2. A negative correlation between workplace bullying intensity and self-esteem
  3. A positive correlation between workplace incivility and depression
  4. D. A positive correlation between workplace bullying intensity and social paranoia

Due to the limitations of the current study, it is unclear which of these variables holds temporal precedence. Previous research addressed similar concerns. Paranoia is a symptom of a principle known as hostile attribution bias (Dodge & Newman, 1981). The researchers measured this condition in grade school children. They concluded that those who were originally highly aggressive expressed a hostile attribution bias when provided with an ambiguous stimulus. Epps and Kendall (1995) found similar results in adults. This study provides a unique prospective on the issue of workplace bullying as it suggests that people who feel they are victims of this treatment may be perceiving harassment where none exists.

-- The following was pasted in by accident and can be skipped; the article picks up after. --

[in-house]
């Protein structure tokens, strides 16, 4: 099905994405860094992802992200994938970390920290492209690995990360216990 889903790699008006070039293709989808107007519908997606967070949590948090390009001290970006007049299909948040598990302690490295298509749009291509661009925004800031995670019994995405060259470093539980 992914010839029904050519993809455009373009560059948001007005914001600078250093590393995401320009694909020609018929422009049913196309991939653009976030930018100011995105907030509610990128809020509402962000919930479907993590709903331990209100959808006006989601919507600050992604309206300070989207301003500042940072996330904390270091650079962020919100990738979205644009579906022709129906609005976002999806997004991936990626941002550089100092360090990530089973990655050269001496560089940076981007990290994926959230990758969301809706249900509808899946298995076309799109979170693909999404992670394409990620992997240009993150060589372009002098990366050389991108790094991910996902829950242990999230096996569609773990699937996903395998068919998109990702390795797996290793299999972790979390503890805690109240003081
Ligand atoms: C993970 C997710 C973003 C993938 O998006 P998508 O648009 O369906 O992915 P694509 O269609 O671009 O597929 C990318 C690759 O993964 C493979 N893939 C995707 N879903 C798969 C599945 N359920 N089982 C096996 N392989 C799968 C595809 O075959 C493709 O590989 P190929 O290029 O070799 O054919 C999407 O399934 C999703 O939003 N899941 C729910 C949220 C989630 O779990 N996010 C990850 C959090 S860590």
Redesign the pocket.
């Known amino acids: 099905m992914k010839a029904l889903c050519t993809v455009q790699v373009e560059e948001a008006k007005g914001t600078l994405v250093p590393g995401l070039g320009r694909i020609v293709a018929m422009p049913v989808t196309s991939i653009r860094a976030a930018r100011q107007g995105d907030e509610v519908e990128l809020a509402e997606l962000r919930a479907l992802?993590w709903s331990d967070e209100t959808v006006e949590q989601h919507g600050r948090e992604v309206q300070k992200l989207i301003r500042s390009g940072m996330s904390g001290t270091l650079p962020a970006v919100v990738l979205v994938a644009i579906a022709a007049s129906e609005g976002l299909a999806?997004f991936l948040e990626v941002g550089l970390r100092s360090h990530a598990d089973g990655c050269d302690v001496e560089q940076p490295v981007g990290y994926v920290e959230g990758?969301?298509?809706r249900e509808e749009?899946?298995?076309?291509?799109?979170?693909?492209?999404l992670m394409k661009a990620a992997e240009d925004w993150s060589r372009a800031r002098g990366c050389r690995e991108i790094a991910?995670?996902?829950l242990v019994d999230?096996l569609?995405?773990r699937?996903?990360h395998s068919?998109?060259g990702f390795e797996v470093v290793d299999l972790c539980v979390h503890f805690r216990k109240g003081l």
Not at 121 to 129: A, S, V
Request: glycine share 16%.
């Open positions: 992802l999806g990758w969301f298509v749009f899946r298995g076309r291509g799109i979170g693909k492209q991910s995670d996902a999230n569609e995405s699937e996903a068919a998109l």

Caution should be used when interpreting the other results as well. High levels of workplace bullying may be causing low self-esteem and high levels of depression. However, the converse interpretation could also be an accurate assessment of what is actually occurring. Perhaps victims with these particular traits are more likely to be bullied. The perpetrators of bullying may see these individuals as easy targets.

Several people are aware of school bullying because it is given strong media attention. However, few understand the harm caused by workplace bullying. Perhaps those who were once victims of school bullying are currently being abused at their places of employment. The researcher recommends that a longitudinal study be conducted in order to determine the extent to which developmental variables such as the onset of psychological trauma can impact mental health.